WhatsApp conversations as contract

WhatsApp conversations may be deemed valid contract in Spain

Using WhatsApp blue tick to sign contracts? WhatsApp chats have been considered a verbal contract between the parties by a Court in Vigo (Galicia, Spain).

WhatsApp conversations may be a legally binding contract for the parties. An unpaid rent was the origin of this ruling. The landlords sued the tenant and the Court accepted the WhatsApp messages as the valid contract that governed the legal relationship between them. The Court took into account the fact that WhatsApp was the means used by the parties to agree on all the terms of the rent and to share the relevant documents in order to formalise it.

WhatsApp messages as contract and evidence in Court

Article 1278 of Spanish Civil Code states that “contracts will be legally binding for the parties regardless of their verbal or written nature, as long as the essential elements for their validity are met [namely: consent, object and cause].

As for the use of WhatsApp messages as a valid evidence in Court, there are, however, some requirements that apply, like the need of experts reports to verify the origin of the communication, the parties identities and the content integrity. Providing the password in order to let the Court access the relevant accounts, allowing access to the device as such or gathering recognition of the existence and truthfulness of the conversation from each of the parties have been accepted by some Courts as evidence enough.

WhatsApp, smart contracts and blockchain

In the light of this ruling, one may wonder if WhatsApp conversations may become one of the “blocks” of blockchain technology and be part of the smart contracts in the future. In order to achieve this, all the messages would need to be sorted and be accessible, maybe with no time limit, for verification purposes. This hypothetical but possible scenario would involve several privacy concerns, because WhatsApp messages may be deemed personal data, thus RGPD and other pieces of legislation, like the one concerning AI, may apply.

Do you require assistance with GDPR and Data Protection Act 2018 compliance? Aphaia provides both GDPR adaptation consultancy services, including data protection impact assessments, and Data Protection Officer outsourcing.


AI, IoT, Big Data

Combining AI, IoT and Big Data: Can Regulation Cope?

In last week’s vlog we delved into the regulation of AI, IoT and Big Data when used together.

AI, IoT and Big Data—these technologies and digital concepts undoubtedly play a major role in today’s highly connected era. As they are now; and continue to become more and more; integral in our day to day lives, several regulatory measures—including the GDPR and DPA 2018—have been implemented in order to protect individuals’ personal data, privacy and associated rights. But how should they be regulated when they all work together?

First of all we need to understand what each of these concepts means:

Artificial Intelligence (AI): John McCarthy, who coined the term in 1956, defined it as “the science and engineering of making intelligent machines.” A more modern definition explains AI as “the simulation of human intelligence processes by machines, especially computer systems. These processes include learning (the acquisition of information and rules for using the information), reasoning (using rules to reach approximate or definite conclusions) and self-correction”.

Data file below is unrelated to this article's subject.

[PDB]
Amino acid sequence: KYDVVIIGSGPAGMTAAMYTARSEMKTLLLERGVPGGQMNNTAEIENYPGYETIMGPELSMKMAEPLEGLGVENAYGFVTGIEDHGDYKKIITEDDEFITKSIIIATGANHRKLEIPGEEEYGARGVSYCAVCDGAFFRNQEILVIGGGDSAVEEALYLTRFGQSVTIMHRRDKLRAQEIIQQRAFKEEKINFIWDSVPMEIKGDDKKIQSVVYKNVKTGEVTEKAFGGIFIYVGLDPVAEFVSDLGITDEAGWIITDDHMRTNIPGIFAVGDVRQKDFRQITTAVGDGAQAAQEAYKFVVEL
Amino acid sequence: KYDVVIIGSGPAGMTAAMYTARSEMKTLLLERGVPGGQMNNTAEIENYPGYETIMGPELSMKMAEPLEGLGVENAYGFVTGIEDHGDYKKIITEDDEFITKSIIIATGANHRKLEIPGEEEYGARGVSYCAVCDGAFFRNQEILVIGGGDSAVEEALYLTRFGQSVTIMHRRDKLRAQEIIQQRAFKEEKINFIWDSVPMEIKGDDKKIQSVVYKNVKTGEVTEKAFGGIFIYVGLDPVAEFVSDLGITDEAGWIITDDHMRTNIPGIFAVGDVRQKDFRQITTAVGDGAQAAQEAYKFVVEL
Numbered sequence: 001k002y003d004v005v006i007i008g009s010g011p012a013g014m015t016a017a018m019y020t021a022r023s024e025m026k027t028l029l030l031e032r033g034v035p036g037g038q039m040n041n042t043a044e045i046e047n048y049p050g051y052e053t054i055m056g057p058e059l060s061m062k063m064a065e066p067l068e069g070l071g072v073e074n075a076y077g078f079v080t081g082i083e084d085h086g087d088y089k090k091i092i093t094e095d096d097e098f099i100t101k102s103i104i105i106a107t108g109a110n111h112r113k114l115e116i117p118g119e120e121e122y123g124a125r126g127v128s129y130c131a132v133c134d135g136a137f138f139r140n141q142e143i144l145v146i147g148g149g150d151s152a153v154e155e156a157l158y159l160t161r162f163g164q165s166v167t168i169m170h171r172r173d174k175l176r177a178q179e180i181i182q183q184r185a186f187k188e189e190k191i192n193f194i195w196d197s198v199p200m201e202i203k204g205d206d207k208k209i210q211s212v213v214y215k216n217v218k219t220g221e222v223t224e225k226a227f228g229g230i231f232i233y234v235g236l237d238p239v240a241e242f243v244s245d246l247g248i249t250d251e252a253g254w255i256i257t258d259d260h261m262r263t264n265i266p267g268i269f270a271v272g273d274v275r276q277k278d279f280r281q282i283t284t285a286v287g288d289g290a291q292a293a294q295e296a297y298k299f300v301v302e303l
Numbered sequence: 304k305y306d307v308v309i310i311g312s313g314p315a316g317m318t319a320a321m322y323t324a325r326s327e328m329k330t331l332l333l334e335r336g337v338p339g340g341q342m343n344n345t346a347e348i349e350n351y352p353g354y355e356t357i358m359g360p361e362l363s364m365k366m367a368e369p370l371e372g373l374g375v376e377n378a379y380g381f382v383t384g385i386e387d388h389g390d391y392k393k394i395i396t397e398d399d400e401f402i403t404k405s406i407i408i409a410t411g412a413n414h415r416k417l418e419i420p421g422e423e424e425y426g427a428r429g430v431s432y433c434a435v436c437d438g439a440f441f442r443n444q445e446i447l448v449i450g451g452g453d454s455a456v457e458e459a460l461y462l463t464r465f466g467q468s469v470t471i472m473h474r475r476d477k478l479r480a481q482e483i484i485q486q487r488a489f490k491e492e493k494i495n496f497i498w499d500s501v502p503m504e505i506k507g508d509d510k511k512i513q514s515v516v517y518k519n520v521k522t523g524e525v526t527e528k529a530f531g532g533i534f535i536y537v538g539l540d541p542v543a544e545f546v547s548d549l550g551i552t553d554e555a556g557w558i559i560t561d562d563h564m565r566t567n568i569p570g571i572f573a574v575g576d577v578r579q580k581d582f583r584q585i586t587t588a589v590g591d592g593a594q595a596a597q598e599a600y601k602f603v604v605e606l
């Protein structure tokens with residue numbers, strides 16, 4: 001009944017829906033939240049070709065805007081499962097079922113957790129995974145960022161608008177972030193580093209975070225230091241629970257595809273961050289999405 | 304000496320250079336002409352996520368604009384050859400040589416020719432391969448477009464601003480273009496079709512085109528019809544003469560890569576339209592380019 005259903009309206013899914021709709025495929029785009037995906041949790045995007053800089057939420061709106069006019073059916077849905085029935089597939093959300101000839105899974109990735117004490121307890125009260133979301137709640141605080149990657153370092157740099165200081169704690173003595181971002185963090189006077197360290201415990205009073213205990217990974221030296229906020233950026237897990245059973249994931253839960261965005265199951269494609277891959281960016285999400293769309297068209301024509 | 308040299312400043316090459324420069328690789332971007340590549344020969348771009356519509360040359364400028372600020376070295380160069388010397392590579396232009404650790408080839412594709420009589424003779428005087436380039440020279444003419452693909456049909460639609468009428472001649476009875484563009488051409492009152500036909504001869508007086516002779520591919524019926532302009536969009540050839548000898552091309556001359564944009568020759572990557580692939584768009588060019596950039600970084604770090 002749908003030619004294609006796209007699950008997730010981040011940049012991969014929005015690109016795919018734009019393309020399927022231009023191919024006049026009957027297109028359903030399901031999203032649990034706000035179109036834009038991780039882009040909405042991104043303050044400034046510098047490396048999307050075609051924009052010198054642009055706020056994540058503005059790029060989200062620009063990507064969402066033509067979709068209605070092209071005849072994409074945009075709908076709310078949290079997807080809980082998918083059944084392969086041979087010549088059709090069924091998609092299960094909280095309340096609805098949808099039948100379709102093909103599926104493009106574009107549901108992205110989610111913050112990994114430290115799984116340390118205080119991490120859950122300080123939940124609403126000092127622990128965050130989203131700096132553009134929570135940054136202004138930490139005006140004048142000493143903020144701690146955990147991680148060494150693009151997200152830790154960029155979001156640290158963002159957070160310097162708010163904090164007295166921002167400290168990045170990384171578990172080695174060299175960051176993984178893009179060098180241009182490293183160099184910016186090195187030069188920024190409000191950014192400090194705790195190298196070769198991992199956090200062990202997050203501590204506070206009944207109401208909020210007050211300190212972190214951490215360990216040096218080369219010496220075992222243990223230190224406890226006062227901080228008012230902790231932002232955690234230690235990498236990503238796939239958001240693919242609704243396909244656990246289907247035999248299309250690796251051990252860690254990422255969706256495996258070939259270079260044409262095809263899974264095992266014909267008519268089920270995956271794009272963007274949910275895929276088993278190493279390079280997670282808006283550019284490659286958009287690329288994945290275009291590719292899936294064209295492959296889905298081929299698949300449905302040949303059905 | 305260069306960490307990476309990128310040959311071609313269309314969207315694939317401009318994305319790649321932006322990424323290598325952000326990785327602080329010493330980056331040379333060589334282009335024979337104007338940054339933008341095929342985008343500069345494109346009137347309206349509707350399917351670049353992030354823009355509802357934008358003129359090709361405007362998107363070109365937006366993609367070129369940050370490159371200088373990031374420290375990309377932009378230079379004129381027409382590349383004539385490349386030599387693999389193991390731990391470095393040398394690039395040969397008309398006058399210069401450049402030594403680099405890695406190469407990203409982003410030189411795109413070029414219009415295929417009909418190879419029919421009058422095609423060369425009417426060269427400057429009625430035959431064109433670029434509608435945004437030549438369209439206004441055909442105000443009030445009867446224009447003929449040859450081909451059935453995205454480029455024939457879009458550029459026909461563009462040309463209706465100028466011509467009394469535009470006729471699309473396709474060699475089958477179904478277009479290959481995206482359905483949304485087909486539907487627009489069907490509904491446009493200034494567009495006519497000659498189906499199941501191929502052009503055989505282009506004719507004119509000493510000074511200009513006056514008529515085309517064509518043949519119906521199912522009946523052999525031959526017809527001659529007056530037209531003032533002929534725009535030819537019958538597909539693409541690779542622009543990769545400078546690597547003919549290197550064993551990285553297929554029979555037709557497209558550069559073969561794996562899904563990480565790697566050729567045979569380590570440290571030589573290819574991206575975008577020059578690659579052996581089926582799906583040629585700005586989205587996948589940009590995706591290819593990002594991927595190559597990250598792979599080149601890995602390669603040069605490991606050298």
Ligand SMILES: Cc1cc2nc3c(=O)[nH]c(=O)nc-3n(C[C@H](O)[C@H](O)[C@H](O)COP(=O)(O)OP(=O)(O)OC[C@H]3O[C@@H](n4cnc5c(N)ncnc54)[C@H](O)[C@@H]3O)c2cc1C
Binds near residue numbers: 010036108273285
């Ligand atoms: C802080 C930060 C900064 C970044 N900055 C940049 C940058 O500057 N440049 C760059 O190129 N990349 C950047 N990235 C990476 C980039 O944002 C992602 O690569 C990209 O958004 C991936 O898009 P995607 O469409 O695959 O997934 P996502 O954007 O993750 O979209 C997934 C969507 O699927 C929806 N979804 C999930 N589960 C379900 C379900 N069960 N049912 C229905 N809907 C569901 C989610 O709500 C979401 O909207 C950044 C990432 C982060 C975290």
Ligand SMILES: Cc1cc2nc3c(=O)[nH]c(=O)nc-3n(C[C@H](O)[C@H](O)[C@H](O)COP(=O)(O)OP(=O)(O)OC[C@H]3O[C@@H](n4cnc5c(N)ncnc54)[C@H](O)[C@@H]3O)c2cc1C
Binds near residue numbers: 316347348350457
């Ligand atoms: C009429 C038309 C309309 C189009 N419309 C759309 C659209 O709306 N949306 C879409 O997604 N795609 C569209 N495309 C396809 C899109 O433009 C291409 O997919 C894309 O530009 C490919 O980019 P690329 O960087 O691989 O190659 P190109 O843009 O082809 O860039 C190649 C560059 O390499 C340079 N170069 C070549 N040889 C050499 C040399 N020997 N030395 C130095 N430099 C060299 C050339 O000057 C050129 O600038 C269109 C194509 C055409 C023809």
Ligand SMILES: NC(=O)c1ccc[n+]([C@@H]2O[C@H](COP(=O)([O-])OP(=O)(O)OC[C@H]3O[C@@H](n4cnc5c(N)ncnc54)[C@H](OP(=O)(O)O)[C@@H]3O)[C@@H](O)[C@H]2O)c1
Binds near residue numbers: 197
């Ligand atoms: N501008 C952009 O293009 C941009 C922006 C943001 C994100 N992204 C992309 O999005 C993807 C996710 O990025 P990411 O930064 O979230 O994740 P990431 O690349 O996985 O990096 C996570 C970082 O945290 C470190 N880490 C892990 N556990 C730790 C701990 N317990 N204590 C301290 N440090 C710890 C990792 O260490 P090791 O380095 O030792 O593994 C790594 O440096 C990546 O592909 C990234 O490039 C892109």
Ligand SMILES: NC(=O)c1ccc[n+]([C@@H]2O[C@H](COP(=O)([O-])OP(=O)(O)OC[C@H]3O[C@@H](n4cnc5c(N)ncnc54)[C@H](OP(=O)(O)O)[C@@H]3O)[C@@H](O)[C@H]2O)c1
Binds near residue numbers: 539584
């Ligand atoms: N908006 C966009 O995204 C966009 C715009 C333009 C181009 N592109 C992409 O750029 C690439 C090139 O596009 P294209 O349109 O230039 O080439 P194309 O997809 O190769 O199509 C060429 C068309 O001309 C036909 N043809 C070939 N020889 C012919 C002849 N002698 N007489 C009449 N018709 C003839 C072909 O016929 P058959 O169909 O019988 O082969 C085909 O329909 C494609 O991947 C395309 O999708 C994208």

Internet of Things (IoT): IoT is understood as “a system of interrelated computing devices, mechanical and digital machines, objects, animals or people that are provided with unique identifiers and the ability to transfer data over a network without requiring human-to-human or human-to-computer interaction”.

Big Data: a popular definition of Dig Data, provided by the Gartner IT glossary, is “…high-volume, high-velocity and high-variety information assets that demand cost-effective, innovative forms of information processing for enhanced insight and decision making.”

As you can see, all of them involve data processing, so it is clear that all of them should comply with the GDPR when the information affected is personal data or with the Free Flow of non-Personal Data Regulation when it doesn’t. But are there any other mandatory requirements laid by Law apart from the data protection and privacy ones that they should meet? Actually there are, but the challenge is that each of them has different features and needs.

For example, AI raises many ethics concerns, as discussed in some of our previous videos and IoT is dependent on 5G and Telecoms Regulation, while Big Data may tackle challenges from both AI and IoT.

That said, how can regulation cope all these technologies when they apply together, e.g. in a project?

We suggest different scenarios about how this could be addressed:

o Impose an obligation to businesses, universities, public bodies, etc. to count with a legal ITC professional in the team before carrying out any project that involve the use of AI, IoT, Big Data or similar technologies. A specific certificate for these professionals might be issued by accreditation bodies.
o Tech-specific Regulation and Legislation that put together most of the ITC risks and challenges with mandatory minimum requirements on how they should be applied.
o Independent Legal Tech EU Body which launches guidance and code of conducts about the main ITC issues and challenges.

Even though regulation and codes of conduct may help to unify standards, due diligence and commitment from the managers and the team involved in a project are still essential and key to ensure appropriate safeguards regardless of the specific externally-imposed requirements.


If you need advice on your AI product, Aphaia offers both AI ethicsand Data Protection Impact Assessments.